Correction: This editorial has been modified. An earlier version incorrectly stated that the 2nd Judicial District Attorney’s Office so far has not given an explanation for why it took three years to obtain a grand jury indictment against Chambers. They did, in fact, produce a statement. There will be a story in Tuesday’s Journal. The earlier statement has been removed.
Metropolitan Detention Center guard Torry Chambers is still on the payroll. Still gets a paycheck courtesy of the taxpayers. That’s despite a nearly $1 million settlement Bernalillo County paid in mid-2012 to three female Metropolitan Detention Center inmates who more than three years ago accused him of rape.
And those checks are likely to keep on coming despite the fact that Chambers, at last, has been indicted on eight counts of rape.
The county actually did try to move Chambers out of his job after rape allegations surfaced. But the American Federation of State, County and Municipal Employees, which represents corrections workers, successfully filed a grievance, and he was moved to an all-male unit where he remained until September 2013.
Then, another female inmate accused him of rape. So he’s been on paid leave ever since as he waits for the slow wheels of justice to turn.
And slow doesn’t begin to describe their movement in this case. It took three years plus to obtain a grand jury indictment against Chambers.
Finally, last week, Chambers was indicted on six charges of rape of an inmate and two charges of second-degree rape for allegedly using his authority as a corrections officer to coerce inmates into sex or for helping another inmate to rape fellow MDC inmates. (That inmate was a former prison guard who was in MDC facing his own rape charges, for which he was later convicted.)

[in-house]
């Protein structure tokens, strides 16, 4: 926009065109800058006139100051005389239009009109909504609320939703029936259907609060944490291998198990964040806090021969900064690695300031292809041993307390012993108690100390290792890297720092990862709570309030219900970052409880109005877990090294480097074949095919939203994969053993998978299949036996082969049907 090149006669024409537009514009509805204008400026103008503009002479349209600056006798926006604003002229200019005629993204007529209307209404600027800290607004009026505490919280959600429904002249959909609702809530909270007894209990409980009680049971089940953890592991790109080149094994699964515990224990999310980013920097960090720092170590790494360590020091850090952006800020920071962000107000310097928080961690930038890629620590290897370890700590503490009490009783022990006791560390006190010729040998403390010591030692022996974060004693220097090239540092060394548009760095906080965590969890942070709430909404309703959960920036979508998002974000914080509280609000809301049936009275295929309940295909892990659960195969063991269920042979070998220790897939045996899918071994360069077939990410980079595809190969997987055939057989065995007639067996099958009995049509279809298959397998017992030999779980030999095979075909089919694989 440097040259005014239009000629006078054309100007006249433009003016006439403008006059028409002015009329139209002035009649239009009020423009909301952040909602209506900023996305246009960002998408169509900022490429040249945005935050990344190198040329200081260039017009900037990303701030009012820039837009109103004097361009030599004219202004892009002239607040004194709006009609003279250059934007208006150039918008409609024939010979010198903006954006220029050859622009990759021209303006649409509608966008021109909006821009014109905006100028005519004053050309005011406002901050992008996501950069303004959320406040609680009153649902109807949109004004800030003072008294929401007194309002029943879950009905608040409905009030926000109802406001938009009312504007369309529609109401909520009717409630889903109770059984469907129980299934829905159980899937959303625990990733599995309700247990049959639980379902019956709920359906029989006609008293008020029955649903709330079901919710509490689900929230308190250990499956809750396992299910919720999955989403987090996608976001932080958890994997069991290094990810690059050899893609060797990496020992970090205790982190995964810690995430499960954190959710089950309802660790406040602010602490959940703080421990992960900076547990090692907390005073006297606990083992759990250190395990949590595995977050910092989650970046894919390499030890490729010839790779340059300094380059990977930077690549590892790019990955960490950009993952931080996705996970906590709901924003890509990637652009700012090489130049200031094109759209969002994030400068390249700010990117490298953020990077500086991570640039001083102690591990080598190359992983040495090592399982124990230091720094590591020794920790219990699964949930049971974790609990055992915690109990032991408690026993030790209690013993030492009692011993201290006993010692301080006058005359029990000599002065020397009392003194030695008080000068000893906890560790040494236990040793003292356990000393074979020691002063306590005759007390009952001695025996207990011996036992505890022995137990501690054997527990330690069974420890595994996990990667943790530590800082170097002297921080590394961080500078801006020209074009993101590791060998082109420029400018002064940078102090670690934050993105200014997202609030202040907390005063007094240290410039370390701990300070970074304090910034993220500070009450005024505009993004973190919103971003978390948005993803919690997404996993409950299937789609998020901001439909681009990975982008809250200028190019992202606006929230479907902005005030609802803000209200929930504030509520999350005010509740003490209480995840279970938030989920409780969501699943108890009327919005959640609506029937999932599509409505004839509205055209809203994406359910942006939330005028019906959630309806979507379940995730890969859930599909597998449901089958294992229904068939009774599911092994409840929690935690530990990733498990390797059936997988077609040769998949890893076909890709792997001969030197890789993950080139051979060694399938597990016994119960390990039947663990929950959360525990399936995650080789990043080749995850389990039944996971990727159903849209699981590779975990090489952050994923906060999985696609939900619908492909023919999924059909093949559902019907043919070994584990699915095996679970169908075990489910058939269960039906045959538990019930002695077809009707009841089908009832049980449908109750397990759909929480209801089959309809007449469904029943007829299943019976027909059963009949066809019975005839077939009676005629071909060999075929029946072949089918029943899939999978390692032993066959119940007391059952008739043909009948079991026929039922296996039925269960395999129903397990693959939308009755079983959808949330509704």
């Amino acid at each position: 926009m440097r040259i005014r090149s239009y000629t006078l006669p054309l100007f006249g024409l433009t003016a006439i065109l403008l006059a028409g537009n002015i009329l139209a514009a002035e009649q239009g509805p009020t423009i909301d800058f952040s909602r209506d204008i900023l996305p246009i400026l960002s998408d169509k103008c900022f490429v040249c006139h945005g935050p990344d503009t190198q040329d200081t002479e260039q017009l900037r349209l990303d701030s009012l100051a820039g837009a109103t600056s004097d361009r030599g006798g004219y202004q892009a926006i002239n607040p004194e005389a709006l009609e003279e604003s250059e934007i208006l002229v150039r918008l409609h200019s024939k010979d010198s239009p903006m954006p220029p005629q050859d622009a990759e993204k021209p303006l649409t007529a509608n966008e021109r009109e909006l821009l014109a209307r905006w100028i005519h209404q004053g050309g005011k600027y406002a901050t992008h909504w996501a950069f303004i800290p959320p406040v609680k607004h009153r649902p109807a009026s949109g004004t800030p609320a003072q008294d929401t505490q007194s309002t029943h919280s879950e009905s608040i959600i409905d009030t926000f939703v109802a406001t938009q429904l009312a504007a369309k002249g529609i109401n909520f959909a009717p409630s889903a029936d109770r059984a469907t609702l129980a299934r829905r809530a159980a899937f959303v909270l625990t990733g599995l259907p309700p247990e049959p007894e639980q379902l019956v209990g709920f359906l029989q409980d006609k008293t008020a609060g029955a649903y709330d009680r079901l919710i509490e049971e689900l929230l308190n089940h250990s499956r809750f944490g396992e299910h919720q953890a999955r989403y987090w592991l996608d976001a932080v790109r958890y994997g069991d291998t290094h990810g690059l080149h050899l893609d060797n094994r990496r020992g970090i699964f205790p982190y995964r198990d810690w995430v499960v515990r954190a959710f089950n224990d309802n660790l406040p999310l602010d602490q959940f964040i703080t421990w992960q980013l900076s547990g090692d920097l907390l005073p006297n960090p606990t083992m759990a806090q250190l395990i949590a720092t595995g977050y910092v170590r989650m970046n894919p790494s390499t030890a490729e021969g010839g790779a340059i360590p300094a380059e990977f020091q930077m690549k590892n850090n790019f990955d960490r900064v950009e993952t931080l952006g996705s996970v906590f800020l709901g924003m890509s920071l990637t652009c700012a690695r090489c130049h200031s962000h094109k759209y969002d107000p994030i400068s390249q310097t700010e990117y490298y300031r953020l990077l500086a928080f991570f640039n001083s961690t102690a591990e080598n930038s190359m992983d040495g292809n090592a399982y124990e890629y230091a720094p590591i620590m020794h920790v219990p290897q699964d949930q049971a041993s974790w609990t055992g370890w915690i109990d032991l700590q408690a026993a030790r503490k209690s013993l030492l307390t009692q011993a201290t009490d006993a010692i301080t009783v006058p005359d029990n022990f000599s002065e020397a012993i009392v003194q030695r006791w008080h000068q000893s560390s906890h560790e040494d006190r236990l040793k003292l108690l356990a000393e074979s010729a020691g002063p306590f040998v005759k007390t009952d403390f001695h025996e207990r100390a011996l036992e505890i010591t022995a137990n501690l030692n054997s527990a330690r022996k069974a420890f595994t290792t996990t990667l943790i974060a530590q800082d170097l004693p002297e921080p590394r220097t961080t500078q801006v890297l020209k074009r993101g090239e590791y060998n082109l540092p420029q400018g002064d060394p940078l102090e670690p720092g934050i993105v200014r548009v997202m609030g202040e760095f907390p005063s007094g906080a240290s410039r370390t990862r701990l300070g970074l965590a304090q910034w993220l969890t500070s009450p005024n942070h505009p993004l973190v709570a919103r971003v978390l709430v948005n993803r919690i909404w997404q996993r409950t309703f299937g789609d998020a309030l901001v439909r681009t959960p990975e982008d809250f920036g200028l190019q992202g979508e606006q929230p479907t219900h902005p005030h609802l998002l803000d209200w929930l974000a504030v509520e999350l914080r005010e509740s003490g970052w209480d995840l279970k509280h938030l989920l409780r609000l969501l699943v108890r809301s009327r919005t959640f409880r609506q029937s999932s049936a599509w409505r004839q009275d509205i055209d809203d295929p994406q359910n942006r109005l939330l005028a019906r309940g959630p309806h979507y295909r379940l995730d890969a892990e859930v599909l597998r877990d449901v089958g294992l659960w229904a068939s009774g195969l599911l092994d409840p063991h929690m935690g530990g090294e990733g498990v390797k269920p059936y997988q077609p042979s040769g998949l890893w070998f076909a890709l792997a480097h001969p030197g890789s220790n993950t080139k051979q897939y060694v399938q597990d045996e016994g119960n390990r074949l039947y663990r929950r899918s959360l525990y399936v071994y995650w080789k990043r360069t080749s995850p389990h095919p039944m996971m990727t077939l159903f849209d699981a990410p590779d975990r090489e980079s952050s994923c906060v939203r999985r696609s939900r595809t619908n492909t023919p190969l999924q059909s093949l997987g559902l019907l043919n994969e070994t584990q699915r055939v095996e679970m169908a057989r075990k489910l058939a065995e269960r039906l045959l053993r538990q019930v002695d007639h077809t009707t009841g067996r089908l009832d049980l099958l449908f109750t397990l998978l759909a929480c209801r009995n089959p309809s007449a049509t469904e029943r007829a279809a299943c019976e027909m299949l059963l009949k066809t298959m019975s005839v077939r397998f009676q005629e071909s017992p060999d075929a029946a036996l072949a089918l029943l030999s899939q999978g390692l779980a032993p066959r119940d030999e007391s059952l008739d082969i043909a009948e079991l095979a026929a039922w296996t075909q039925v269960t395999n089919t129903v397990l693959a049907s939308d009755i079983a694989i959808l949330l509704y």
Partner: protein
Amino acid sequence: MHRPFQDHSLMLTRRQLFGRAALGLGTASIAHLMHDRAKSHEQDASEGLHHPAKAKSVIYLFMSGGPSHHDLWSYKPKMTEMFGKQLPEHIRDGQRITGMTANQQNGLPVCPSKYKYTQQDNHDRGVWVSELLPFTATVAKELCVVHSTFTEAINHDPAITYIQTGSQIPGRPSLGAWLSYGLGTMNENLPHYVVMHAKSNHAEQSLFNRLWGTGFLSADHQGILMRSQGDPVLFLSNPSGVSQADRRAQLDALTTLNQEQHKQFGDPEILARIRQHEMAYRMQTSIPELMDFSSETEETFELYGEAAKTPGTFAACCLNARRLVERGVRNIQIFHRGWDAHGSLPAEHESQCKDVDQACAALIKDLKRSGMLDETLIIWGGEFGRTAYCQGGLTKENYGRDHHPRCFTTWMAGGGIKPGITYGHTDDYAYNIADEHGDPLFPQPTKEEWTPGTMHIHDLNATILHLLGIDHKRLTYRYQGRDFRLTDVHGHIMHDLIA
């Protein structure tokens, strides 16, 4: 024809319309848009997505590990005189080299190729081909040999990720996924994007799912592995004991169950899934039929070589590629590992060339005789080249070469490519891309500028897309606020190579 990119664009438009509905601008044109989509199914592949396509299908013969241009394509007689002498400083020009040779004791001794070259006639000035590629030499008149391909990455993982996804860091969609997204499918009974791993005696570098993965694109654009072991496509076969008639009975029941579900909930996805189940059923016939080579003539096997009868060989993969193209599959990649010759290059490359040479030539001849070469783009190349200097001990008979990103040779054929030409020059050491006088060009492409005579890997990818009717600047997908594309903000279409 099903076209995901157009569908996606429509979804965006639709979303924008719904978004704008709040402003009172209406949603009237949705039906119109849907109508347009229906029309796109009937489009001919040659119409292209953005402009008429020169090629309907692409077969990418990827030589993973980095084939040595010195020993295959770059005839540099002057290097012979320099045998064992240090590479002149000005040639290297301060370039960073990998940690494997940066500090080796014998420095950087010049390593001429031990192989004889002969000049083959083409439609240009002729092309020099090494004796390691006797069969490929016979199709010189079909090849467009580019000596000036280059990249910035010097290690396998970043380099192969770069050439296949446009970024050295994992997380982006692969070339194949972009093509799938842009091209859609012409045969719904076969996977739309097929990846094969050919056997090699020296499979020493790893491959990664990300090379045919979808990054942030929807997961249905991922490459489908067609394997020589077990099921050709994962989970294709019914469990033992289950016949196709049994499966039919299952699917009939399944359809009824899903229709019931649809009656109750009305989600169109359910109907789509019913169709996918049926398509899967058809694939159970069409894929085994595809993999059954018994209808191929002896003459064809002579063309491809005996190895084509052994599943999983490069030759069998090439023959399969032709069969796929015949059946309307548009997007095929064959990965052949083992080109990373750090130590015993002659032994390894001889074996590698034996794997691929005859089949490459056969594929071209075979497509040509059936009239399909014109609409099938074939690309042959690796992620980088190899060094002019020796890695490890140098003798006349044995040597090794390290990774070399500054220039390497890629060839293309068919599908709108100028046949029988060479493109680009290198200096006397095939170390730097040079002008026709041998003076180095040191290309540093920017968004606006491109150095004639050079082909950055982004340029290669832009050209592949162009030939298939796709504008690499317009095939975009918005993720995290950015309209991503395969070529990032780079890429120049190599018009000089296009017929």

The rapes Chambers is alleged to have committed occurred between September 2008 and October 2010. In December 2010, the inmates came forward.
At first Chambers was put on unpaid leave. But an internal investigation found no evidence that he violated a jail policy, which a jail spokeswoman said is the only reason, other than a conviction, that he could be fired.
The union cited a clause in its contract that does not allow for unpaid leave. So, it would seem, moving an accused rapist away from his prey and off the payroll is subject to union negotiations. In 2012 the county allowed Chambers to work in an all-male cell. But after the fourth inmate accused Chambers of rape he was put on paid leave.
The public should be outraged both over how long it took for charges to be brought and because of the conditions under which Chambers is being paid for not working. You can’t really blame AFSCME. Its job isn’t to protect inmates or the public. Its job is to advocate for its members. That’s what unions do.
Jail officials are pursuing their options to see if Chambers can be fired now that he faces charges, but the public employee unions have the upper hand.
Who knows how long taxpayers will continue to be subject to this outrageous situation as this legal drama plays out.
This editorial first appeared in the Albuquerque Journal. It was written by members of the editorial board and is unsigned as it represents the opinion of the newspaper rather than the writers.